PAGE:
Just before the inauguration, news leaked that Donald Trump’s long-awaited pick for Agriculture secretary would be former Georgia governor Sonny Perdue. In a way, it was a relief to some people, since it’s true that, unlike some of Trump’s most controversial cabinet nominees, Perdue at least meets the minimum qualifications of the position: He grew up on a row farm in Georgia, got his doctorate in veterinary medicine, is no stranger to agribusiness, and even wore a red tractor tie to Trump Tower. Unfortunately, his nod hardly eliminates people’s panic about unmitigated disaster at the 100,000-employee, $155 billion agency now that it’s under Trump’s control, especially since Perdue thinks they see pretty eye-to-eye on agriculture policy, and served on the president’s agriculture advisory board.
In fact, industry watchers will keep a close eye on Perdue’s moves — and these are the most pressing issues facing the food world right now.
1. Regulatory rollbacks. Politico reports Indiana power brokers with farming ties were getting “apoplectic” at the possibility of an unsympathetic pick. They now seem pleased with Perdue — a Southerner, alas, but also a “familiar Republican who’s poised to roll back regulations.” Back in December, he also told Politico the next Agriculture secretary’s job was “ensuring that USDA branches across the nation are friendly environments for all farmers and ranchers,” and if there’s anything farmers and ranchers dislike, it’s federally mandated rules. For example: Obama’s USDA passed new regulations at the end of last year that expand small farmers’ “protections against the most egregious retaliatory practices” used by big chicken companies like Tyson. Those rules can’t go into effect until a 60-day comment period has passed, though, which means one of Perdue’s first acts as secretary could be deciding whether to implement and enforce them.
2. Labor shortages. His 2006 efforts to crack down on illegal immigration by depriving undocumented workers — 40 percent of farms’ workforce in certain states — of state benefits drew widespread protests across Georgia, and were called “some of the nation’s toughest measures” at the time. It doesn’t look like his views have evolved any, and it’s fair to say Trump probably approves.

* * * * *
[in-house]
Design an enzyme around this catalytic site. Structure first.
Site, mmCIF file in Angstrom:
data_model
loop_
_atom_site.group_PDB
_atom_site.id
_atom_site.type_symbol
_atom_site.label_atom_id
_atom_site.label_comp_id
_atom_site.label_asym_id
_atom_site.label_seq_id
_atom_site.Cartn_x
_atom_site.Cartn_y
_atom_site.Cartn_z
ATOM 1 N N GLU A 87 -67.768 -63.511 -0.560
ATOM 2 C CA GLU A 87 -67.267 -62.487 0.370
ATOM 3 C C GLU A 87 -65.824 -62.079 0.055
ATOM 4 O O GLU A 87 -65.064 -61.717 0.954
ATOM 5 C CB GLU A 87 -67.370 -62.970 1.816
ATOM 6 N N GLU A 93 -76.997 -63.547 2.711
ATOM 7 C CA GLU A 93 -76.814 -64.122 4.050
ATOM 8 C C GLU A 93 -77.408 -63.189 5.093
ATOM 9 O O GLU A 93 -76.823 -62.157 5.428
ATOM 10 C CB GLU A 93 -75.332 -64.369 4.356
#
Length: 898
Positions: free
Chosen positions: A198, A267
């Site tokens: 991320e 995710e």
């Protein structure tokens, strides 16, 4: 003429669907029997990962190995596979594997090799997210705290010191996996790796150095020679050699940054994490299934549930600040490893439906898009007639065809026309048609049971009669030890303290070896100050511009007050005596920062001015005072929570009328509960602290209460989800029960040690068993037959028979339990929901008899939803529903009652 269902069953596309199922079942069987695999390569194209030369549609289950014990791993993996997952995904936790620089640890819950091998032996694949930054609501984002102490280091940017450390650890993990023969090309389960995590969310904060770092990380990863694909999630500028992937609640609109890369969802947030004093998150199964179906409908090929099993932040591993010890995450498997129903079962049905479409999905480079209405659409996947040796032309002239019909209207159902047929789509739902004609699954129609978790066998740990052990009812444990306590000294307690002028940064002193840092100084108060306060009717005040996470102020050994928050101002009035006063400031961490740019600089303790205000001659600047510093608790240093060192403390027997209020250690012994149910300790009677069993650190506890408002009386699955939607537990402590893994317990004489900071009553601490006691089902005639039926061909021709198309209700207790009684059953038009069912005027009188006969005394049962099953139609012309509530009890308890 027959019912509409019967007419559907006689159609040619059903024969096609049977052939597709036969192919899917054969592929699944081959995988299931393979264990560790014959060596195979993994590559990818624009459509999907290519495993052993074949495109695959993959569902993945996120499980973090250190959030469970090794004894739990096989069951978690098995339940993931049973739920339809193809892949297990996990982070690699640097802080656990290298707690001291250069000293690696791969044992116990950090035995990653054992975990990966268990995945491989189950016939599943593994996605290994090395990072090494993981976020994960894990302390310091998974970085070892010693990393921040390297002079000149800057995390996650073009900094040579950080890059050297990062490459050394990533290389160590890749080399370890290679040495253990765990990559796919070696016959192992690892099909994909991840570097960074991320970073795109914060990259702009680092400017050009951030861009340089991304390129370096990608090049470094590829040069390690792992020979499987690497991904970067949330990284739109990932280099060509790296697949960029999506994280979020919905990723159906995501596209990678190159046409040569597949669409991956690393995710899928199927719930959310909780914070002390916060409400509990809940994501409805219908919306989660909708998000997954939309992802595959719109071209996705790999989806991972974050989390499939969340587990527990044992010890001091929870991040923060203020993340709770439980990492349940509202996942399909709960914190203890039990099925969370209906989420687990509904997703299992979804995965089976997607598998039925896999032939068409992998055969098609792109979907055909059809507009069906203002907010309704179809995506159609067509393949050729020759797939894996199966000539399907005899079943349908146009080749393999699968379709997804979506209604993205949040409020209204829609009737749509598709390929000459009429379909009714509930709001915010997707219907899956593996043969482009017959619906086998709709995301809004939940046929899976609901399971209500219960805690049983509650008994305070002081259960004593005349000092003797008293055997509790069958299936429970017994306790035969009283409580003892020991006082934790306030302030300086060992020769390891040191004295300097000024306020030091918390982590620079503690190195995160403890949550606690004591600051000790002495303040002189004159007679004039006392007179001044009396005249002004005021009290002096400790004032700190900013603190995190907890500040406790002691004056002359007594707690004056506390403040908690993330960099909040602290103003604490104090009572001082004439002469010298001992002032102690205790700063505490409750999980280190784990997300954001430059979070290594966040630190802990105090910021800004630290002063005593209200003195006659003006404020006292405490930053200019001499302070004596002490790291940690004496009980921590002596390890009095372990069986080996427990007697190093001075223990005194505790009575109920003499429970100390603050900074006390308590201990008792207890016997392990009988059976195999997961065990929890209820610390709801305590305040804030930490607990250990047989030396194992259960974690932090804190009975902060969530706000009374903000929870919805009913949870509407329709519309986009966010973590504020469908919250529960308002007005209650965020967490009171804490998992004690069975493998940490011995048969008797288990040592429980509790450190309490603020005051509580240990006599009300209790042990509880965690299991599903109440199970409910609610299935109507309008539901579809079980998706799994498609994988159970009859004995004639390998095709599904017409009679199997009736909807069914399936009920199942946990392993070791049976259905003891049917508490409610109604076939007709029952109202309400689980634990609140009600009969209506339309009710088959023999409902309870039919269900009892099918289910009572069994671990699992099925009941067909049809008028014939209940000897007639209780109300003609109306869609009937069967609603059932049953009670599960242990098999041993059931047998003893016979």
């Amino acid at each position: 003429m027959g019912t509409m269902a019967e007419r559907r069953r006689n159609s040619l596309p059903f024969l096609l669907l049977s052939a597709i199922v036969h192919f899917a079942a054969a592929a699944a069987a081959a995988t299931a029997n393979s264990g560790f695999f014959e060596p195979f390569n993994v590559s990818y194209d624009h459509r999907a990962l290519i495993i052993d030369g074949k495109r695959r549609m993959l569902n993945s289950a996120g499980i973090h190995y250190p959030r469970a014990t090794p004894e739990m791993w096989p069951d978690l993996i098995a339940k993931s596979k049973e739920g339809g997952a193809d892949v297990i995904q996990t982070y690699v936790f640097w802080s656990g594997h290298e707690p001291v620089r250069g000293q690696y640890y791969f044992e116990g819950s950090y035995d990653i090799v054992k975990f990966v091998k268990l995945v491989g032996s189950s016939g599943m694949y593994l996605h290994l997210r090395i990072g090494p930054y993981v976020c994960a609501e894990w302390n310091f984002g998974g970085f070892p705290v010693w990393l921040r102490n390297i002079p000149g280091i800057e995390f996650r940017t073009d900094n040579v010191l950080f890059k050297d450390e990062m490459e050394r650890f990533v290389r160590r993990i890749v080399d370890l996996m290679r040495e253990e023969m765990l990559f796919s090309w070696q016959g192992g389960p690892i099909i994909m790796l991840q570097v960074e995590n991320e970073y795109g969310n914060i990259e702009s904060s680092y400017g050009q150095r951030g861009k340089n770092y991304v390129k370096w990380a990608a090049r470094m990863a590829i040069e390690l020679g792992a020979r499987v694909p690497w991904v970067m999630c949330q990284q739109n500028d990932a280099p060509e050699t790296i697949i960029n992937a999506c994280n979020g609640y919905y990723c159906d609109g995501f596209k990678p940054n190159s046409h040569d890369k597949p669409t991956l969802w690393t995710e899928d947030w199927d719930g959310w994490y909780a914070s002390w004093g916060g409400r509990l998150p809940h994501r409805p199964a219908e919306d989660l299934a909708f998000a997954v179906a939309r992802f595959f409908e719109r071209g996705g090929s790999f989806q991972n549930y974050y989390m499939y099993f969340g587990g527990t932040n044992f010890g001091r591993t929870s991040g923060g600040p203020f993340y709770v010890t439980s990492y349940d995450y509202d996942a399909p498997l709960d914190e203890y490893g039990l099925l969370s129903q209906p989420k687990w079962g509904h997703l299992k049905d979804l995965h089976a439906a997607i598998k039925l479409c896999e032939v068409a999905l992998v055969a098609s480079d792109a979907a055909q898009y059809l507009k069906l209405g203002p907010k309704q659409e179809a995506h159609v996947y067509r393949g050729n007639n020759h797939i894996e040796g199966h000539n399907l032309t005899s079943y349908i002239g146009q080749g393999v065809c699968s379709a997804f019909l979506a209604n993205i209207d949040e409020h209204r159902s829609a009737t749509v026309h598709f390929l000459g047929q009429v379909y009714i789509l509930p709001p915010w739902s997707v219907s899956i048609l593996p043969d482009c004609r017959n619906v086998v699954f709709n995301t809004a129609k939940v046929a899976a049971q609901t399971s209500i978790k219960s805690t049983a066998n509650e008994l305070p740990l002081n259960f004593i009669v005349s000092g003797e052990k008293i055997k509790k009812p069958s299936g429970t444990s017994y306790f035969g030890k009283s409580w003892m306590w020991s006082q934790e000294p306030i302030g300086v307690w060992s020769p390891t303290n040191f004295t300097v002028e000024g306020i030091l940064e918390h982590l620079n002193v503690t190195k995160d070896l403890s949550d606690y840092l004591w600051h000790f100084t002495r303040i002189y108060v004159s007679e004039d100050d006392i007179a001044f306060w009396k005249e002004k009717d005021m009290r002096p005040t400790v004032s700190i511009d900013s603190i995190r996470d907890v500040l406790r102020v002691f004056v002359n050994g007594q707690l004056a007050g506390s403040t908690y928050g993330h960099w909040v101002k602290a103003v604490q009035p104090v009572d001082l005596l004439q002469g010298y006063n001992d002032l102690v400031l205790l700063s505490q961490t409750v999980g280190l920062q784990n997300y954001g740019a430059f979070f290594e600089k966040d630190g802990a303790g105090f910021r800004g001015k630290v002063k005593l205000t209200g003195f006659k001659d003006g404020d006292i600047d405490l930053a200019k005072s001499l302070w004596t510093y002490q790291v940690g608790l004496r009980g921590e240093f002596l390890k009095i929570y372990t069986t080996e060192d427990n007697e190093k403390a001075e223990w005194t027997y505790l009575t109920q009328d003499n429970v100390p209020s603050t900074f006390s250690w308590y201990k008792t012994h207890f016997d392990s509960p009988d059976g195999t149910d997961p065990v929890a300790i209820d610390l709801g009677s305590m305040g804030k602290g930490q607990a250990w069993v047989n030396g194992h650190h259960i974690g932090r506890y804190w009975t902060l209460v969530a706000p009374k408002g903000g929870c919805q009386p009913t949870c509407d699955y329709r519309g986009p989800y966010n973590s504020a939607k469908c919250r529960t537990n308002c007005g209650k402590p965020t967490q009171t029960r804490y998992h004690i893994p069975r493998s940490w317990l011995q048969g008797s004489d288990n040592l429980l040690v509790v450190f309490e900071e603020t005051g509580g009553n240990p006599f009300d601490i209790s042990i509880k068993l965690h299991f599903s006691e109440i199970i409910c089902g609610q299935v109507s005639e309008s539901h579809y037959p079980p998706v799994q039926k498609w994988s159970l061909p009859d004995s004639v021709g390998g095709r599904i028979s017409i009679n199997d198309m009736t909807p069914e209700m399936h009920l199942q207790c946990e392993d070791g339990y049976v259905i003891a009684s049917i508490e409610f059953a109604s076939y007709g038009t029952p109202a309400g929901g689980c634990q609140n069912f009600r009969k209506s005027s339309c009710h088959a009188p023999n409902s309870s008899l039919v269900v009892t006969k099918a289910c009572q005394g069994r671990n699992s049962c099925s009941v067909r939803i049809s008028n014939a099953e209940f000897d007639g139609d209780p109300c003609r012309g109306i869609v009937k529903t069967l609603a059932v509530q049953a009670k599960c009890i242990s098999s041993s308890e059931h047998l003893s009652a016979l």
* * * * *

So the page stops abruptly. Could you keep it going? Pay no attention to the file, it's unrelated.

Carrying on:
3. Ties to Big Industry. With the exception of Big Peanut, which was embroiled in a massive salmonella scandal at the time, Georgia was pretty friendly to food-industry interests during Perdue’s two terms. He also took about $330,000 in contributions from Monsanto and other agribusinesses for his campaigns. The GMO lobby group Biotechnology Innovation Organization even named him its 2009 Governor of the Year. In his capacity as Food Policy Action’s co-founder, Tom Colicchio isn’t a fan:
Sonny Perdue’s record on food policy is light on substance and poor on action. We need strong leadership to reform our food policy, promote affordable, nutritious and safe food, fight hunger, safeguard our lands and clean water, and protect our farmers and farm workers — not someone who is weak on oversight and in the pocket of Big Ag. We can and must do better than Governor Perdue.
4. Harm to the environment. Perdue has been called a climate-change skeptic, and the Environmental Working Group released a statement Wednesday night saying, “It’s certainly hard to imagine that a former fertilizer salesman will tackle the unregulated farm pollution that poisons our drinking water, turns Lake Erie green, and fouls the Chesapeake Bay and the Gulf of Mexico.” He fought the EPA’s attempts under George W. Bush to enforce the Clean Air Act, and once wrote this in National Review: “Liberals have lost all credibility when it comes to climate science because their arguments have become so ridiculous and so obviously disconnected from reality.” When Georgia was hit by an epic drought in 2007, his response was partly to summon lawmakers to a prayer vigil on the Capitol’s steps.
5. Unhappy animals. In a sort of parting gift to animal-rights groups, Obama’s USDA announced last week it was enacting stricter animal-welfare standards for organic producers. The new rules touch on a variety of things: more space for livestock, an end to the practice of removing beaks and tails, greater access to fresh air and direct sunlight. But trade groups like the National Chicken Council reject those regulations (and most others) as too onerous, and Republicans are already vowing to reverse them. Perdue is likely sympathetic to their cause because his track record while governor isn’t what you’d call “pro-chicken”: He helped factory-farm mecca Perdue Farms (no relation, shockingly) expand its Georgia operations by $155 million. It’s possible his views have changed, but then again, the National Chicken Council wants him “confirmed expeditiously.”
Another factor worth keeping in mind, as The Wall Street Journal’s Kelsey Gee notes, is that Georgia’s agriculture industry moved in a pretty decisive direction under his leadership — one that expanded factory farming considerably: